Required Reading:
Bounegru, Liliana, Tommaso Venturini, Jonathan Gray, and Mathieu Jacomy. ‘Narrating Networks’. Digital Journalism 5, no. 6 (3 July 2017): 699–730.
Venturini, Tommaso, Mathieu Jacomy, and Debora Pereira. ‘Visual Network Analysis: The Example of the Rio+20 Online Debate’, January 2015.

Week 4: Comments

From early bulletin boards, discussion forums, and blogs, to the social media platforms that dominate contemporary digital cultures, the internet has fostered the rise of a 'participatory' media landscape. Indeed, the participatory quality of digital, networked media are one of the ways these media were defined against older 'broadcast' media. But, all participation is not created equal. This week, we consider what has been described as 'the bottom half of the web': comments. Comments are one of the main things that people do online; they are often informal, 'vernacular', and common across many platforms. They give voice to the ordinary, the intimate, as much as they often reveal the uglier sides of human nature. The technical and cultural specificity of different digital platforms also gives rise to unique 'comment cultures', with distinct norms, aesthetic sensibilities that become available for digital research through different types of textual and content analysis. This lecture introduces students to the academic study of comments and shows a number of current ways they are approached methodologically.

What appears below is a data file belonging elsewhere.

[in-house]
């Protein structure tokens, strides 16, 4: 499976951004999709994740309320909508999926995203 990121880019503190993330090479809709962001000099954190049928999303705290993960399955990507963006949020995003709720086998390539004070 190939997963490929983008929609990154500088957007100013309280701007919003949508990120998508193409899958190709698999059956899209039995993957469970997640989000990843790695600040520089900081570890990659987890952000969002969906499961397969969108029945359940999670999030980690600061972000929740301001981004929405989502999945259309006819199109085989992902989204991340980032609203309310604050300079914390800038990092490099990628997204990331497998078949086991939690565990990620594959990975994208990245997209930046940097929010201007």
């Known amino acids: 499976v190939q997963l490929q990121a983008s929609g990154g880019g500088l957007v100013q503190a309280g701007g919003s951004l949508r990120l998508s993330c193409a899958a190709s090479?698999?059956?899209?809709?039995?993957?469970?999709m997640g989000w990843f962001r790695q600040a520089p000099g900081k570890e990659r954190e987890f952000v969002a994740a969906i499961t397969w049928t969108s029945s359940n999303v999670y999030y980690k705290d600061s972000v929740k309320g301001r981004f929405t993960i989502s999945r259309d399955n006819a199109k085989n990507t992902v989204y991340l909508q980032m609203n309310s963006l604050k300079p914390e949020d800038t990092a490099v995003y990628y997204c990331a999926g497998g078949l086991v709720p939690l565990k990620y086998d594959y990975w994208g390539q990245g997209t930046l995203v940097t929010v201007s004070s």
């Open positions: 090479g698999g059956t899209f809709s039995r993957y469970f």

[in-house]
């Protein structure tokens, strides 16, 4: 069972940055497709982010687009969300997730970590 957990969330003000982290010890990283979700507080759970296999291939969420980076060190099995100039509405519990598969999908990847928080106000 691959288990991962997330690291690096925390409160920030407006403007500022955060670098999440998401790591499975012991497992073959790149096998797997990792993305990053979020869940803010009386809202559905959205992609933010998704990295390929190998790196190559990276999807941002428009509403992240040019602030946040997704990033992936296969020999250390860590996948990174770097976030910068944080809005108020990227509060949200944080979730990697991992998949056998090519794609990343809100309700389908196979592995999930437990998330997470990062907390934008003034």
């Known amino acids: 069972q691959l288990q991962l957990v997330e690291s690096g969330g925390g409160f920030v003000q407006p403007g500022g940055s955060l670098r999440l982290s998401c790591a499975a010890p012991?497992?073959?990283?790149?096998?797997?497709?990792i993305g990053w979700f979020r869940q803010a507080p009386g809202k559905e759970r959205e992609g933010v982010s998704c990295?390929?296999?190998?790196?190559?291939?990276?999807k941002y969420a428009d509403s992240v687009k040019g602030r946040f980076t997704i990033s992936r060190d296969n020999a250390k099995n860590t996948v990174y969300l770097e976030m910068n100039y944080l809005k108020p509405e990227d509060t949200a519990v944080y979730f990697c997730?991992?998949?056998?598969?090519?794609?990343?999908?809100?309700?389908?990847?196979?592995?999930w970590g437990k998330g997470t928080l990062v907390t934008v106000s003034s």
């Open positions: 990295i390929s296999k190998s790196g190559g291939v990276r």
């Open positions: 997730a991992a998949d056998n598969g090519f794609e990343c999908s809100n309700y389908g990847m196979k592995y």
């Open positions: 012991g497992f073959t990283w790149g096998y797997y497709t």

Required Reading:
Abidin, Crystal, Emily van der Nagel, Amelia Johns, Francesco Bailo, Aleesha Rodriguez, Bondy Valdovinos-Kaye, Patrik Wikstrom, Ysabel Gerrard, and Tama Leaver. ‘“PLEASE READ THE COMMENTS”: COMMENTING CULTURES ACROSS PLATFORMS’. AoIR Selected Papers of Internet Research, 5 October 2020. (Note: this is not a typical reading. It is a conference proceeding which gives an overview of research presented at a conference. It is included to show the most recent work on the topic.)
Reagle, J. M. ‘Comment: The Bottom Half of the Web’. In Reading the Comments: Likers, Haters, and Manipulators at the Bottom of the Web, 1–19. MIT Press, 2015.